Justin Verlander just hung a slider to Albert Pujols. And while Pujols was a fraction out in front, fouling the pitch off down the line, Verlander won't be so lucky next time he throws the same pitch.
That's because with "MLB 2K12's" new Dynamic A.I., hitters will now remember how certain pitchers attack them, and if a pitch fails in one at-bat, the effectiveness of that pitch will suffer, not only in the same at-bat, but later on in the game if Verlander hangs another slider in Pujols' direction.
On the flip side, if Verlander's fastball is so nasty that Pujols goes down swinging, the next time they face-off, his fastball will continue to bite, and his fastball ratings will increase in performance.
This is just one of the new directions "MLB 2K12" is heading, as the game's designers are looking to further intensify the showdown between hitters and pitchers, making every pitch matter on a level unseen in virtual baseball.
As a pitcher, it's about approaching every batter differently, as graphics will pop up to show where you hit your spots and where you missed last time you faced a specific player. This includes everything from pitch sequences to location to first pitch accuracy to the pitch that's getting the most outs.
So if Buster Posey steps up and smacks a single off your fastball in the first inning, that means he's dialed into your speed, and your fastball ratings will drop down a little bit next time he steps up to the plate. This means you're going to need to adjust your strategy on the fly, or the Giants catcher might give you a case of virtual whiplash by going yard off yet another fastball.
"Our pitching mechanic is really what we hang our hat on, and it's what we feel differentiates us from the competition," explains 2K's Chris Snyder as he shows me the new game. "We utilize our Inside Edge scouting reports and all of the data from STATS LLC, and we track how many fastballs, how many curves they throw in real life, and we mimic that data in the game. So if you're abusing a pitch this year, and if you're using a pitch way more than say, Justin Verlander throws it in real life, your stats are going to drop and it's going to be more difficult to hit your spots."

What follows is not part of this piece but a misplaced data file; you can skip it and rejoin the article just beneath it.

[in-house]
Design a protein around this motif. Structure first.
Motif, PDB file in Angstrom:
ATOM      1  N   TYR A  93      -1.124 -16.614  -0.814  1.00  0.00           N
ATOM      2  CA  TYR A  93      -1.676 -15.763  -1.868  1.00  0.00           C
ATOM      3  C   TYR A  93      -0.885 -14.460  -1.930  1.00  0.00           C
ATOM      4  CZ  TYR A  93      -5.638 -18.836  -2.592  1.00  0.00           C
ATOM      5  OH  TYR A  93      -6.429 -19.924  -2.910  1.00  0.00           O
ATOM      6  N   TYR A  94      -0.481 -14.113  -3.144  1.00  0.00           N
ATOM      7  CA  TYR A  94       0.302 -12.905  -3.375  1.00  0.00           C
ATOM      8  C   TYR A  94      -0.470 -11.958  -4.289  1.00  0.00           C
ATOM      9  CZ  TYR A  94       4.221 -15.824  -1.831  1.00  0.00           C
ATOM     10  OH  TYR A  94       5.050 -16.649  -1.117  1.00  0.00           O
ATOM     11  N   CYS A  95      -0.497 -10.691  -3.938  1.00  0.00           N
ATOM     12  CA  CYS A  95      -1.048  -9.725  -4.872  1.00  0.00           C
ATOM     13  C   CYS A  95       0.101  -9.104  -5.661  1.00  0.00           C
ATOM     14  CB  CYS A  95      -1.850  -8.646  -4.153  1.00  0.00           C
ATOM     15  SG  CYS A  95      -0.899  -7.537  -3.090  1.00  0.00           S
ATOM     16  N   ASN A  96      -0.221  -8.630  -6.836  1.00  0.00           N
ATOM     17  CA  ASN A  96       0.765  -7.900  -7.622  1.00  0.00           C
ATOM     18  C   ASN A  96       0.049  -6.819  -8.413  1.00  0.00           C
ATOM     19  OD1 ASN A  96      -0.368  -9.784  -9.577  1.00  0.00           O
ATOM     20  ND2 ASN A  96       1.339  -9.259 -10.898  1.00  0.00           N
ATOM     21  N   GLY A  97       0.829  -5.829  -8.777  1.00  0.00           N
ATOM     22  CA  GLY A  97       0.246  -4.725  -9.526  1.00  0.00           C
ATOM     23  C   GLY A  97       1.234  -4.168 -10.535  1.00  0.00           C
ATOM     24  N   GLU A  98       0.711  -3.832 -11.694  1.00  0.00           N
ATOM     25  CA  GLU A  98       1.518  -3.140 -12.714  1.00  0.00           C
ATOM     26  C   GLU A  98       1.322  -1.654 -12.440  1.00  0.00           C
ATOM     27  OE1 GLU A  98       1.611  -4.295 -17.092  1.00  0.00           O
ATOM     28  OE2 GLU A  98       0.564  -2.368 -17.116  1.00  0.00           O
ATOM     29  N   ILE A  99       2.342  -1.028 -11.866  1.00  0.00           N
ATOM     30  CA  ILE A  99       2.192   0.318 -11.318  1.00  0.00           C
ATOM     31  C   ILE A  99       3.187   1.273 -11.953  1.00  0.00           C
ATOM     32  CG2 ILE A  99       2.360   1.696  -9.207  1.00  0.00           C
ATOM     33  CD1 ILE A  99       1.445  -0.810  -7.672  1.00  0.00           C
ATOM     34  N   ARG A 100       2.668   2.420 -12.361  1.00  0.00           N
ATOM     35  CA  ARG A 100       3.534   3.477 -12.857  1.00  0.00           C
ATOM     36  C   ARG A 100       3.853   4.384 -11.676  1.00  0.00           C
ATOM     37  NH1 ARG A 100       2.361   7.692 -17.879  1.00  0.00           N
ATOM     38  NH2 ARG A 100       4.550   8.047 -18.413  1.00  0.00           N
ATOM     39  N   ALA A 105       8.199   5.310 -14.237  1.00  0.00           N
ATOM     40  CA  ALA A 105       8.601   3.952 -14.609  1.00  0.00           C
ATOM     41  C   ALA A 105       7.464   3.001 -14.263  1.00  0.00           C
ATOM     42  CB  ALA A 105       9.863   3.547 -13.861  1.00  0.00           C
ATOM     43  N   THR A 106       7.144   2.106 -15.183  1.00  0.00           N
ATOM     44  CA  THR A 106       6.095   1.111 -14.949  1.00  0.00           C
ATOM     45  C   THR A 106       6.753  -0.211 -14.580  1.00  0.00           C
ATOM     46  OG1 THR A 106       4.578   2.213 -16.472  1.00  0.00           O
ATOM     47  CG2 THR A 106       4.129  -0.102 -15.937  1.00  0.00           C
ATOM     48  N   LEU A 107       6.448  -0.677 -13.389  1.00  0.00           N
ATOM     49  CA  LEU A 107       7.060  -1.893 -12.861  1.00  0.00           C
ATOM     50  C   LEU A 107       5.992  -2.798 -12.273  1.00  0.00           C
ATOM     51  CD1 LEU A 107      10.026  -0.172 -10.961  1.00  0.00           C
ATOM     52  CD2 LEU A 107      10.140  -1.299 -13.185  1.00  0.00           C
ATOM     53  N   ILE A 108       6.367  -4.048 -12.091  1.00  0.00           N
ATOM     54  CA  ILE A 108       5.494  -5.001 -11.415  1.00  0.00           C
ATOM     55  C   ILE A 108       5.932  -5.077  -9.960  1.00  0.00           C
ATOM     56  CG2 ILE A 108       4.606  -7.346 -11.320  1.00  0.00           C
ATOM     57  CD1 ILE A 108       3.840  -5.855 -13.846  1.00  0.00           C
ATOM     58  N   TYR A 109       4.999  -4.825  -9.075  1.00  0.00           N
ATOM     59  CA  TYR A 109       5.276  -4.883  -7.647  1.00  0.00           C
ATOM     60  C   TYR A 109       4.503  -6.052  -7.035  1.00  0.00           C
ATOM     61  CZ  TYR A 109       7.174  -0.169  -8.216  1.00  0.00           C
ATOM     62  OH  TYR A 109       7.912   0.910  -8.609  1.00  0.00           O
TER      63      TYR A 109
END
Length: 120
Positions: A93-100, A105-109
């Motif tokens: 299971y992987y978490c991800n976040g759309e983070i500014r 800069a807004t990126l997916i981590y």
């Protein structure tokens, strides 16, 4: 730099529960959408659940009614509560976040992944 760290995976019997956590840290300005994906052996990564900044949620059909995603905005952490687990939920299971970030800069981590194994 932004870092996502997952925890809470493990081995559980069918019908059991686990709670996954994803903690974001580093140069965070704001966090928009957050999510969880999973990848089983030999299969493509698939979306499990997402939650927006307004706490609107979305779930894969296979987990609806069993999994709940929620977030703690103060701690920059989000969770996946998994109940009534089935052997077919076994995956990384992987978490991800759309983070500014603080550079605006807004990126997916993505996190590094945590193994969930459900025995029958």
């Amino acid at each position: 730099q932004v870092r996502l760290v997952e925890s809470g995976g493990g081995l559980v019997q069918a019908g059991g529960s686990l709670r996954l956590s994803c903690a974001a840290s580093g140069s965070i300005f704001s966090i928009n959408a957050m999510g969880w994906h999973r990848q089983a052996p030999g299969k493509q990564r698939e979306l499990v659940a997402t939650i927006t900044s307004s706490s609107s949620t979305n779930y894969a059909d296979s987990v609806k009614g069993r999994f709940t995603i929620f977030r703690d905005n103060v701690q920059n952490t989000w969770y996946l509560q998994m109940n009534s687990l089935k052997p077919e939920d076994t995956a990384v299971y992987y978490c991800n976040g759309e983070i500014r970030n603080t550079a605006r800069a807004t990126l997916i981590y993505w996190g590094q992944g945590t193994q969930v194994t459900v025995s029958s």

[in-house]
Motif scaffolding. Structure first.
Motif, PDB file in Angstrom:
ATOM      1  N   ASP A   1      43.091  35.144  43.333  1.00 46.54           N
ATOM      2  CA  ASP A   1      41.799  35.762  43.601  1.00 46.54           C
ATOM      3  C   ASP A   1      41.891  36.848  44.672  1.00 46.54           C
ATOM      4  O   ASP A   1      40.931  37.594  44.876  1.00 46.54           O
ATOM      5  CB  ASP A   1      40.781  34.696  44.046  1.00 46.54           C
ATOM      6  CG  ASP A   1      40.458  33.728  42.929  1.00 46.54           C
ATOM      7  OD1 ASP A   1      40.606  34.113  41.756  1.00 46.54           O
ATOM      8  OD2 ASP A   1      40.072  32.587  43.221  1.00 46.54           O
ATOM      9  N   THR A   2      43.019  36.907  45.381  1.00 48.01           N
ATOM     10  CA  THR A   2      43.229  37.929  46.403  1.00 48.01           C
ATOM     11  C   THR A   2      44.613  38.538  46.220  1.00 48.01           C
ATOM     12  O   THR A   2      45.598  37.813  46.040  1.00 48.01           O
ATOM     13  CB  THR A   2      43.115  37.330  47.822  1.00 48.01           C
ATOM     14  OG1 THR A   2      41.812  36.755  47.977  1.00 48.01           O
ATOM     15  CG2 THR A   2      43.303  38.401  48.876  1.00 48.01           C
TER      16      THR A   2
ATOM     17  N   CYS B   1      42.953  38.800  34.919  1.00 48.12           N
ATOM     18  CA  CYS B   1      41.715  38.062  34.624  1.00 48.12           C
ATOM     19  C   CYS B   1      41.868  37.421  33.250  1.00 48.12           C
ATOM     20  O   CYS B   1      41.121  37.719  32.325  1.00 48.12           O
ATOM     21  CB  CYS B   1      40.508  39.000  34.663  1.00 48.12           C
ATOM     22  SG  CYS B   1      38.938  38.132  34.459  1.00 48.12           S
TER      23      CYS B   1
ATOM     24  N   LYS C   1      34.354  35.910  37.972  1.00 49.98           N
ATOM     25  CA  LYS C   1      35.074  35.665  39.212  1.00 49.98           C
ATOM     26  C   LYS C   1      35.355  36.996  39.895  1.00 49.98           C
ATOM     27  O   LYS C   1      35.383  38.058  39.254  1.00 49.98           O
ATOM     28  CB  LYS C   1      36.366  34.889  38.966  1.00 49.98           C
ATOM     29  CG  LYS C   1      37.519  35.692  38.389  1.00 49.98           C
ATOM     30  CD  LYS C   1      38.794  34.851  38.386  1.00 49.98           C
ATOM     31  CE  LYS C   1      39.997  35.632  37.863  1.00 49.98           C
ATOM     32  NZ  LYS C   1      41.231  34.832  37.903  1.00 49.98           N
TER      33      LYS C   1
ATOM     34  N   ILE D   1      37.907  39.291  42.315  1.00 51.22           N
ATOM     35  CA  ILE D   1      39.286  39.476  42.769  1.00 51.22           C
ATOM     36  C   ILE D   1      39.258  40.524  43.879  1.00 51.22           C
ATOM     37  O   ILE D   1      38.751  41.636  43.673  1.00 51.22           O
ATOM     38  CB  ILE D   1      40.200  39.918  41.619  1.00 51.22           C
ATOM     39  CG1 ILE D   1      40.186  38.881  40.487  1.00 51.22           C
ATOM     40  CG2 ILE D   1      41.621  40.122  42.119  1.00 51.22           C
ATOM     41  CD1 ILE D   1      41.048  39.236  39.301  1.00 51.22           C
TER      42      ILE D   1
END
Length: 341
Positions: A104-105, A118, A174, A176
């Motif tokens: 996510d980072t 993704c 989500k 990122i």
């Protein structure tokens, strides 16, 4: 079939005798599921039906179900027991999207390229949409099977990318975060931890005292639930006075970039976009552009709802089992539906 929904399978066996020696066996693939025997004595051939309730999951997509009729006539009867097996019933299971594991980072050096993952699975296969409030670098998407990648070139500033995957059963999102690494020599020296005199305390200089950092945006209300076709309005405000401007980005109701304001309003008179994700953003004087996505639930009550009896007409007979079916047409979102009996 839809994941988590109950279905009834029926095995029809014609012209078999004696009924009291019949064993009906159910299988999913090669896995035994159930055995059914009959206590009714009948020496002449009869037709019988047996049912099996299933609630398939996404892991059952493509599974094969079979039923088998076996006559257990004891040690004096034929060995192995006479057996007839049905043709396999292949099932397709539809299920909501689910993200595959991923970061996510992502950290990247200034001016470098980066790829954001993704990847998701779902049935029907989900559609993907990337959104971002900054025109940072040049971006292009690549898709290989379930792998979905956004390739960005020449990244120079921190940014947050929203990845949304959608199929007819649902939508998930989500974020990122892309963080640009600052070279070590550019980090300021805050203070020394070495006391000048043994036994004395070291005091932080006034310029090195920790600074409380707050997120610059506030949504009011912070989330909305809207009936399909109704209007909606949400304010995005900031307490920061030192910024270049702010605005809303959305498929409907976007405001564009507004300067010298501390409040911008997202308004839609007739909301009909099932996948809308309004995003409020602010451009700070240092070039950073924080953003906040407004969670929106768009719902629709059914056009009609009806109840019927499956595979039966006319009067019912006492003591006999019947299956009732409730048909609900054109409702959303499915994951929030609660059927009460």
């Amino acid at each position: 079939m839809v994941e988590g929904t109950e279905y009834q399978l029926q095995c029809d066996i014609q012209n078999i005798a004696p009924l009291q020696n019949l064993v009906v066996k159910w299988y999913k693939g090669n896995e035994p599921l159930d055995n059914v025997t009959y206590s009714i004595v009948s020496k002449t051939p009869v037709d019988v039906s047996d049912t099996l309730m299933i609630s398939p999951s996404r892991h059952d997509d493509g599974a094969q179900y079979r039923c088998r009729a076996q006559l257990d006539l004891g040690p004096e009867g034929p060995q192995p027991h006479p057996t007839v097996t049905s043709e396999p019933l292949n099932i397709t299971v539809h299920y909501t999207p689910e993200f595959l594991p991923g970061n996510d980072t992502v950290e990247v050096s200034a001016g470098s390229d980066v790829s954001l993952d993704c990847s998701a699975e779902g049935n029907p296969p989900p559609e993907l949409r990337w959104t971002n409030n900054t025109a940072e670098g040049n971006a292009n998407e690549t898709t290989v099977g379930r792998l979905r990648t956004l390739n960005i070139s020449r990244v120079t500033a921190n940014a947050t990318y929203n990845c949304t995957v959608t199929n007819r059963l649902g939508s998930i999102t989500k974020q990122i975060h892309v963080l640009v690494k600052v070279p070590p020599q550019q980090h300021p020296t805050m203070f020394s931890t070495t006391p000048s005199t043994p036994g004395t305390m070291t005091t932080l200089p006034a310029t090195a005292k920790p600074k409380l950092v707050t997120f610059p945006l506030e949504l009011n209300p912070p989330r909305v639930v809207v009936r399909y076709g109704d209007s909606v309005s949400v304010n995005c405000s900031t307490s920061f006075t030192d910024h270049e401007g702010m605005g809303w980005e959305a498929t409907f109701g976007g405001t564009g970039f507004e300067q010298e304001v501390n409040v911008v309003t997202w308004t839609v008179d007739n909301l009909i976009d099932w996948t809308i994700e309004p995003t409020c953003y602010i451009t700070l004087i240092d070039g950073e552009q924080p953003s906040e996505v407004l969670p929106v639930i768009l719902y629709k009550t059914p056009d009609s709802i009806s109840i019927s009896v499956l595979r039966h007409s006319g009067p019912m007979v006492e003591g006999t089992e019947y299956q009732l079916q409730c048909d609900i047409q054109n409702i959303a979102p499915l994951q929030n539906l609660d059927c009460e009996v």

This is just one of the examples of "MLB 2K12's" mission to offer a more realistic baseball game this year.
Another example is the game's revamped throwing system. There is a new throwing meter based on the fielder's defensive ability, also taking into consideration the type of throw that is being made. So if you're trying to make a throw on the run, it's going to be a much more difficult throw than if you're able to set your feet. This is basically the opposite of "MLB 12: The Show," where Sony wants you to pre-load your throws. In "2K12," you're better off gathering the ball, setting your feet, then hitting the throw button, otherwise you're going to have a tough time being accurate. "This is one of the things we got hammered on last year," says Snyder. "Baseball fans know that it's all the little stuff that make a baseball video game successful. Last year, we had outfielder's catching a fly ball for the third out, but they would still stop and gun the ball back in to second base. That doesn't happen in real life. So this year, we really went in and concentrated on getting all of the little things right about the game. We want the game to be fun, but we don't want anything in the game this year that breaks the realism."
Another big improvement being made to the game is the variety of hit animations. Last year, you had way too many soft liners, as hit distribution was more of a roll of the dice than based on actual physics. This year, you're finally going to see a more physics-based result based on the type of swing you're making and the location of the pitch. And in the few innings I was able to play, I saw everything from lasers being shot off the wall to a better variety of grounders spitting out into the infield, giving the game a much more realistic look and feel than what was presented last year.
In terms of presentation, over 80 hours have been added to the commentary, not to mention, all of the gloves in the game have been completely redone. "All of our gloves looked like plastic before," adds Snyder. "Now when you're playing, they finally look like leather mitts. You'll see the stitching, you'll see the texture, and again, it might not sound like a big thing, but it just adds to the overall look of the game.
"We even brought in a real catcher this year to re-capture all of the catching animations, and the difference in what you see is staggering."
Add in the return of the million-dollar challenge -- a competition where consumers who throw perfect games against the computer will be ranked online in terms of difficulty (pitcher you're playing as, team you're playing against), with the top eight slugging it out in a single-elimination tournament for a million bucks -- and you have a franchise that finally seems to be moving in the right direction.
Says Snyder: "We go on all the message boards, we read the complaints, and I think we've learned from our mistakes. Like I said, baseball video games are all about getting those little things right in order to make the most realistic experience possible, and this is the year where we finally got it right."
"MLB 2K12" hits stores March 6 for the Xbox 360, PlayStation 3, PlayStation 2, Wii, PSP, DS, and PC.